I am interested in understanding which US airports are used by various airlines. One could visualize this with a spreadsheet:

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This examples shows that Southwest flies out of Midway, but not O'Hare. Delta flies out of O'Hare, but not Midway. Both fly out of Baltimore.

I'm wondering if there is a clever way to tease out a matrix from openflights.org.

A spreadsheet would be preferable although, I suspect that if the data is out there, it is stored in a RDBMS.

  • 1
    the 'teasing' is actually just programming, so I'm marking this to close because it's actually a programming question. More details below
    – philshem
    Jul 30 '16 at 7:12
  • i'm confused because gatorback is asking for a spreadsheet. i'm assuming it would take programming to make said spreadsheet?
    – albert
    Jul 31 '16 at 19:16
  • The spreadsheet is merely a visualization tool to present data examples. Other useful visualization \ analytical tools include MATLAB. That data is really the focus and the encoding of the data (CSV, .mat, etc). This is not a programming question of how to visualize the data. I am indifferent to how data is stored / encoded, though standard encoding simplifies loading data into spreadsheets and other analytical tools
    – gatorback
    Aug 1 '16 at 5:38

The data you are looking for is already at openflights.org/data. The reason it's not displayed as a matrix (pivot table, non-normalized, crosstab) is that there are 9'541 listed airports and 19'845 listed airlines and creating a sparse matrix is neither good for storage space, performance, user-queries, etc. One reason is that you've used a piece of data, the airport name, as a column name. So you can't easily make a dynamic filter.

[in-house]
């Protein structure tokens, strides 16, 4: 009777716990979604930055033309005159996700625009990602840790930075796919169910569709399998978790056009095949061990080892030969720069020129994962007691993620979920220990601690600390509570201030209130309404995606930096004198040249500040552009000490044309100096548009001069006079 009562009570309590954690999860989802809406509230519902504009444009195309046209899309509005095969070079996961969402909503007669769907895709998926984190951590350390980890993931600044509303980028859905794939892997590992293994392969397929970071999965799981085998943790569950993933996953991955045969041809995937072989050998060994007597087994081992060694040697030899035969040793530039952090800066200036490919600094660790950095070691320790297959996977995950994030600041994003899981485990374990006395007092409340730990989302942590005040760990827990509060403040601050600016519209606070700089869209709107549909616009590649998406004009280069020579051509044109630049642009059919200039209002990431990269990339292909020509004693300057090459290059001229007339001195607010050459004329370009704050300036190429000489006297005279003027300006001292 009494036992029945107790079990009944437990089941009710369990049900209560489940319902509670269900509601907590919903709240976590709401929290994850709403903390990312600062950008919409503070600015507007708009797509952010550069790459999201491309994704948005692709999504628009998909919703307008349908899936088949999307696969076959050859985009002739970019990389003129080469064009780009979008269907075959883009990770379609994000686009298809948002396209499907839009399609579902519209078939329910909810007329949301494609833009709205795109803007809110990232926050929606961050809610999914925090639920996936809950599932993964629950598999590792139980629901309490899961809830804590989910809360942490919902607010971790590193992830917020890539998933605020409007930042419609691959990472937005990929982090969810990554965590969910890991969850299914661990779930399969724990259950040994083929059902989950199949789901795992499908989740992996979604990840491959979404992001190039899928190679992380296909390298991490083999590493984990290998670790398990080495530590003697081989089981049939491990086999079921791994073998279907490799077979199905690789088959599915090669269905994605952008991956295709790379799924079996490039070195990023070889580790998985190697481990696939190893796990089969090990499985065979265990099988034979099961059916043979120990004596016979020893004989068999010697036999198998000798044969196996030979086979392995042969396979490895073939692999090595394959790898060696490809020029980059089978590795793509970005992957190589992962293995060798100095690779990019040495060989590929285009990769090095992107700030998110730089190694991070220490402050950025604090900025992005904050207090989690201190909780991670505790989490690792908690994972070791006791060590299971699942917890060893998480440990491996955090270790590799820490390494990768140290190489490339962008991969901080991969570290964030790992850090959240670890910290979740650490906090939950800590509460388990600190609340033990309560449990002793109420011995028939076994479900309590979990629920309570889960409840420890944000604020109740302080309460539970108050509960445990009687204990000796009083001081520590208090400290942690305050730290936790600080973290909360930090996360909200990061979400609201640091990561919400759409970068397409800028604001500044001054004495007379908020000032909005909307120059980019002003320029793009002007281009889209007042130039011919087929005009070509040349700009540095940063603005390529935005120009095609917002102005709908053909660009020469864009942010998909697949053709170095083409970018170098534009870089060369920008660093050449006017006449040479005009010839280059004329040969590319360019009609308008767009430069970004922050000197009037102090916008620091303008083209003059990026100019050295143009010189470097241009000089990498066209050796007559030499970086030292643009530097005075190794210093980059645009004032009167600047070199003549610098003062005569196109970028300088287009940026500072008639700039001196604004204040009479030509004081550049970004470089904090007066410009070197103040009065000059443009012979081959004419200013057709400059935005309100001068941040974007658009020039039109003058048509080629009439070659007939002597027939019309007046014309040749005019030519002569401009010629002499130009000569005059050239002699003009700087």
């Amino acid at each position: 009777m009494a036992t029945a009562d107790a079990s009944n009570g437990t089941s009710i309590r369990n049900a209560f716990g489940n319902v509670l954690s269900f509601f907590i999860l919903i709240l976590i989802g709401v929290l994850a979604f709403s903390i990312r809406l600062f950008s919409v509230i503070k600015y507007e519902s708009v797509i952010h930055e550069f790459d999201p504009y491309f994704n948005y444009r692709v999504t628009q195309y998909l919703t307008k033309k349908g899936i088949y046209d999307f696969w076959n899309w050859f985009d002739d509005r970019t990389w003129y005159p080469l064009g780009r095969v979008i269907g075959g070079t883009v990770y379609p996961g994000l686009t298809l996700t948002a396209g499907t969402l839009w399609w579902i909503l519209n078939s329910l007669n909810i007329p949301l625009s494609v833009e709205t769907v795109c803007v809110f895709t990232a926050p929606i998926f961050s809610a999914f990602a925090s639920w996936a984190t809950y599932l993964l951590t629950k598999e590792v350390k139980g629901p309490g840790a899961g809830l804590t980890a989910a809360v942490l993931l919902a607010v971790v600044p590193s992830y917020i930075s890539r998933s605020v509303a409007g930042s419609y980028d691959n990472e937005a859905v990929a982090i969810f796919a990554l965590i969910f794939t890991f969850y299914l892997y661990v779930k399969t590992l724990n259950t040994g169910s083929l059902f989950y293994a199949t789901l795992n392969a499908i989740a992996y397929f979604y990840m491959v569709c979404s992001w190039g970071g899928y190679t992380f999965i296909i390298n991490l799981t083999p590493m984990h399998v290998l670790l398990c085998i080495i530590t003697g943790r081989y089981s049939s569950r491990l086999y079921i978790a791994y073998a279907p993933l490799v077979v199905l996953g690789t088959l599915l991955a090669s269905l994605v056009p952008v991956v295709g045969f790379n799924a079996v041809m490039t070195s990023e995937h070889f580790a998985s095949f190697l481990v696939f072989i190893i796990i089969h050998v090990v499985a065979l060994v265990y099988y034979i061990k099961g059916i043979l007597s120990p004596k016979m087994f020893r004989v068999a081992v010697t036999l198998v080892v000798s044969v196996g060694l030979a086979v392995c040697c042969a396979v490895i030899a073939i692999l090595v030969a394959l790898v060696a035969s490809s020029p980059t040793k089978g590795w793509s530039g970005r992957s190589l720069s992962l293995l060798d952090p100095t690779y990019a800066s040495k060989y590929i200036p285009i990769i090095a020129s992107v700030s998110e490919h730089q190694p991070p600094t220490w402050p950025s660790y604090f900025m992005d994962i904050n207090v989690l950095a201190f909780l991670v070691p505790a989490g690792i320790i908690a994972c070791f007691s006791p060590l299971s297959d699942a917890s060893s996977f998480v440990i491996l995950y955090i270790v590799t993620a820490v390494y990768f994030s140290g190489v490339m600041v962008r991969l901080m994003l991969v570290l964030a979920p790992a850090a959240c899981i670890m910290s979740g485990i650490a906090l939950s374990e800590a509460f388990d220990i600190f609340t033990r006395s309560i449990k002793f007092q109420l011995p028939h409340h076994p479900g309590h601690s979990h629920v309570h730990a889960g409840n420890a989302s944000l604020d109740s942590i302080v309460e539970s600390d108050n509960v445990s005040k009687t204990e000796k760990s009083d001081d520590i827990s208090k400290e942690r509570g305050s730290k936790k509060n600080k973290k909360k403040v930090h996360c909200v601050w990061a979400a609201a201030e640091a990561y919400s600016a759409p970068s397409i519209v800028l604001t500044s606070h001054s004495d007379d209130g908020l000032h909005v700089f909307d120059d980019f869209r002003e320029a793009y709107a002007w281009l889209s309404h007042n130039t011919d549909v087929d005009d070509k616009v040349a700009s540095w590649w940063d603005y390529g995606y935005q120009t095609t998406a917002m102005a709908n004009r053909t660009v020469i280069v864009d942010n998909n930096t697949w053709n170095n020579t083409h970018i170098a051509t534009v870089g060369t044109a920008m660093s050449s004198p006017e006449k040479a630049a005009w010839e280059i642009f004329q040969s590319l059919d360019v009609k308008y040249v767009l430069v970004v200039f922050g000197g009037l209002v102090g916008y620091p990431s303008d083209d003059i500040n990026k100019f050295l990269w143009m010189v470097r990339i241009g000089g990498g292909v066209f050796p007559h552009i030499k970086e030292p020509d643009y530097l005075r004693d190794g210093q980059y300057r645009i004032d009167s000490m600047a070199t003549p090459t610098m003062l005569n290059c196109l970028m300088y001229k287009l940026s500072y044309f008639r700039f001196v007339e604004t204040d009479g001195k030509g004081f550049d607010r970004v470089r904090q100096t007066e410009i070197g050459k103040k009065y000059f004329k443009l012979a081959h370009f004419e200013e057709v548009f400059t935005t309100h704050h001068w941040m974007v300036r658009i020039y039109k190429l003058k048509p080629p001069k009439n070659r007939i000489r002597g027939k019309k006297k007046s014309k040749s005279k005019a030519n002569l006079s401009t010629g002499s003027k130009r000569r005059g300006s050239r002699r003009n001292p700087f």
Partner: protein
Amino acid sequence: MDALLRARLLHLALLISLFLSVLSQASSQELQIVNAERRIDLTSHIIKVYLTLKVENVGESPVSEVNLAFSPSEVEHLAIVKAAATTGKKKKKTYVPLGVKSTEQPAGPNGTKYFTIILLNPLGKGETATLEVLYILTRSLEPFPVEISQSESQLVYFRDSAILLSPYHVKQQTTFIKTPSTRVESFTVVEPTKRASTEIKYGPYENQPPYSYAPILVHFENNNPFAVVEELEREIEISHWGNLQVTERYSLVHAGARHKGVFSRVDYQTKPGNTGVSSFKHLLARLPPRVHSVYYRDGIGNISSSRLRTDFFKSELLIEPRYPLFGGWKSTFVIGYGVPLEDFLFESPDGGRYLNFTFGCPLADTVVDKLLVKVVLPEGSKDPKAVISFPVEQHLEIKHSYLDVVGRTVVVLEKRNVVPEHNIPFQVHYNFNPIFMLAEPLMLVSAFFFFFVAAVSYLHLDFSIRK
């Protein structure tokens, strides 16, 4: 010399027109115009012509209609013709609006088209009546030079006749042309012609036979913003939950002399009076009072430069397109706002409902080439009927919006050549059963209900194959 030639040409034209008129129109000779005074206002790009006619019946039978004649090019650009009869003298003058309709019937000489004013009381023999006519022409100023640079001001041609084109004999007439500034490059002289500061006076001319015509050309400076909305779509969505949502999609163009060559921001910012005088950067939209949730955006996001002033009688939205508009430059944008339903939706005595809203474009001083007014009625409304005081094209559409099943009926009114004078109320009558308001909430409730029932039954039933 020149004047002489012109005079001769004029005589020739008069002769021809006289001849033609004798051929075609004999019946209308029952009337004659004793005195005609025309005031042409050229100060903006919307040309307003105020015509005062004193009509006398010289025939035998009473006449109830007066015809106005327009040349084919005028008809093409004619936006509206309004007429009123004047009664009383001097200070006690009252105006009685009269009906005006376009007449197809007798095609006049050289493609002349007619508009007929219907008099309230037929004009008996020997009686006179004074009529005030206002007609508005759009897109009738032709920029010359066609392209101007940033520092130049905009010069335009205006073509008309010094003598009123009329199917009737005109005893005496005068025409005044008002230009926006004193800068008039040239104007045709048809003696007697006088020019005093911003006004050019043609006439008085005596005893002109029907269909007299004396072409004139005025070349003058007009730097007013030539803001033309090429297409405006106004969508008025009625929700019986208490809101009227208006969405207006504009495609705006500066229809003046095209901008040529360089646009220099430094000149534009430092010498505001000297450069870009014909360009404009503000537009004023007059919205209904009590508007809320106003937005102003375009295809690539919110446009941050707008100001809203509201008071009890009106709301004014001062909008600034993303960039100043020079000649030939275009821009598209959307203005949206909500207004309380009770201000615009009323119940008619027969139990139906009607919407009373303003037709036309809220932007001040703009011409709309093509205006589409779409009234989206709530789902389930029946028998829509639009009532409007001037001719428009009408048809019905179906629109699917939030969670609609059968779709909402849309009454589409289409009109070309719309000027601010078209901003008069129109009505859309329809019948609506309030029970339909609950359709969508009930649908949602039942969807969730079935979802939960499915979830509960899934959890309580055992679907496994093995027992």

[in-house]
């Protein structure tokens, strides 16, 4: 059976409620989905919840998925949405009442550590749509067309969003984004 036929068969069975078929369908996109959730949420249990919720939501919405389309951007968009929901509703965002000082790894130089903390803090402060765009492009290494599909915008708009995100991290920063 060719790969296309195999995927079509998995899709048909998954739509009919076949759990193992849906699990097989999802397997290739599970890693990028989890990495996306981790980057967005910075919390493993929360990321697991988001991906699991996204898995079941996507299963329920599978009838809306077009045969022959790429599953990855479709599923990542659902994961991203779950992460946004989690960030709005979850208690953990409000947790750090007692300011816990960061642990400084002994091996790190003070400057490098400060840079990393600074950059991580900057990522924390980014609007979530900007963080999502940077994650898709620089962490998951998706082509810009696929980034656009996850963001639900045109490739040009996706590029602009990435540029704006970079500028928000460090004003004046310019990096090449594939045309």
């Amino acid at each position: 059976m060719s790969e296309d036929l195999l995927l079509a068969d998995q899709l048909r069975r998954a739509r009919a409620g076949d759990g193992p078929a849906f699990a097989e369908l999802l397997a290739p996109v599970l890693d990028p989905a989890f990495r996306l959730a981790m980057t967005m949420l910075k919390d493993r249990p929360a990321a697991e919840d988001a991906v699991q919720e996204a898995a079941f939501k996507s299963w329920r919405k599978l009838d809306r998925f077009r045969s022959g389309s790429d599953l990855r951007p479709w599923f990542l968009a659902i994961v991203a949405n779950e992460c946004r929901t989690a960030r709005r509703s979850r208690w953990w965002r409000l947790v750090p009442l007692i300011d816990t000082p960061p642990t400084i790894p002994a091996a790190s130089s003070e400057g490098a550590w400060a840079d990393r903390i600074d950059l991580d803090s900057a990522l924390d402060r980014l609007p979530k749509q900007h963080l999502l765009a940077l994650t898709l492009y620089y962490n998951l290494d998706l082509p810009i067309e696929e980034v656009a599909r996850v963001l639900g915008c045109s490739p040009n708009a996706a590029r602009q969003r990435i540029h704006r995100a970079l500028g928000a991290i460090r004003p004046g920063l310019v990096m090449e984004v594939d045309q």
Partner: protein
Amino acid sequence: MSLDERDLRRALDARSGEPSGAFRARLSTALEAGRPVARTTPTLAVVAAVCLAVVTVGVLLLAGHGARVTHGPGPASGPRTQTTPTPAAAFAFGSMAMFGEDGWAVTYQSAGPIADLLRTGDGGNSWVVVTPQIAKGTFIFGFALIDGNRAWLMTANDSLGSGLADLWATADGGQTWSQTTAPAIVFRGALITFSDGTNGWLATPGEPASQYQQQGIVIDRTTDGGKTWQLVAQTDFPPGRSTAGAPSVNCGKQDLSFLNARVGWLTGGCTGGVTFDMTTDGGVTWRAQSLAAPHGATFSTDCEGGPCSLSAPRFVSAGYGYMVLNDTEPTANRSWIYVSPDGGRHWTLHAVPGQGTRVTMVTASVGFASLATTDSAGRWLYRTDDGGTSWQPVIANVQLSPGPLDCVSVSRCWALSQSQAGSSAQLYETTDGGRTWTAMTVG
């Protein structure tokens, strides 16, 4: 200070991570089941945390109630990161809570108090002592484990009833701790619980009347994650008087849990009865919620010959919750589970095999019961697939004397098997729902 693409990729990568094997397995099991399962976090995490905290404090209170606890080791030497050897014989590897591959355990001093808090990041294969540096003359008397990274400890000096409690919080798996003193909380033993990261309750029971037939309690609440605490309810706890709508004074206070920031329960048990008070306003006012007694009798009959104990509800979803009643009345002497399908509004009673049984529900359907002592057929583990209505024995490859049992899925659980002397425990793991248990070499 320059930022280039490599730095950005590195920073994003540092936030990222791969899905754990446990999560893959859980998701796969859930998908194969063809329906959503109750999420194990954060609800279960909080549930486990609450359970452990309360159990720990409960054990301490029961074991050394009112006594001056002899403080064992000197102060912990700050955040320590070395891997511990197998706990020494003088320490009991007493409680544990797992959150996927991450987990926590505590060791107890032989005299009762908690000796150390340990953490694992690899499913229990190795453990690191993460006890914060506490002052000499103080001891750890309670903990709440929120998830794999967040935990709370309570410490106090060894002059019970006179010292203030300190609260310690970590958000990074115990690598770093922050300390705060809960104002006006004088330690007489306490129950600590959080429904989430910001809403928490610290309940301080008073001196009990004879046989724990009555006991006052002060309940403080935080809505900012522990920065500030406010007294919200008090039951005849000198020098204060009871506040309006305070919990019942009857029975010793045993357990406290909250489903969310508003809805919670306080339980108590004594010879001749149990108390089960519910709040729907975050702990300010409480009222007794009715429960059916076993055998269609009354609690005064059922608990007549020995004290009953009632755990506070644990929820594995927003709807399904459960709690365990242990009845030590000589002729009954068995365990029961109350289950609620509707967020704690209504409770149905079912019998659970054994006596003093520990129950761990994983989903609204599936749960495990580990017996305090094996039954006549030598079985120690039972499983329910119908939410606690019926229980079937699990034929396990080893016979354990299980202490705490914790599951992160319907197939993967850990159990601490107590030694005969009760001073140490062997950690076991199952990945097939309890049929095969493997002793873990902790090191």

Anyway, to create a matrix you'll need to know some programming, or a spreadsheet tool like Excel.

First, download the airlines.dat file. Each airline is given a 3-letter code (key).

Then, download the routes.dat file (2 MB) and use the airlines.dat 3-letter code to join the airline name to the airline code.

Then you need to de-normalize the data, which is a fancy way to make a pivot. Each SQL-flavor, excel, and programming languages can do this in their own way.

In my opinion, because the data is easily found and with a friendly license, I'm going to suggest closing the question. I'd recommend starting with a programming or Excel solution and then ask in the appropriate forum if you need support.

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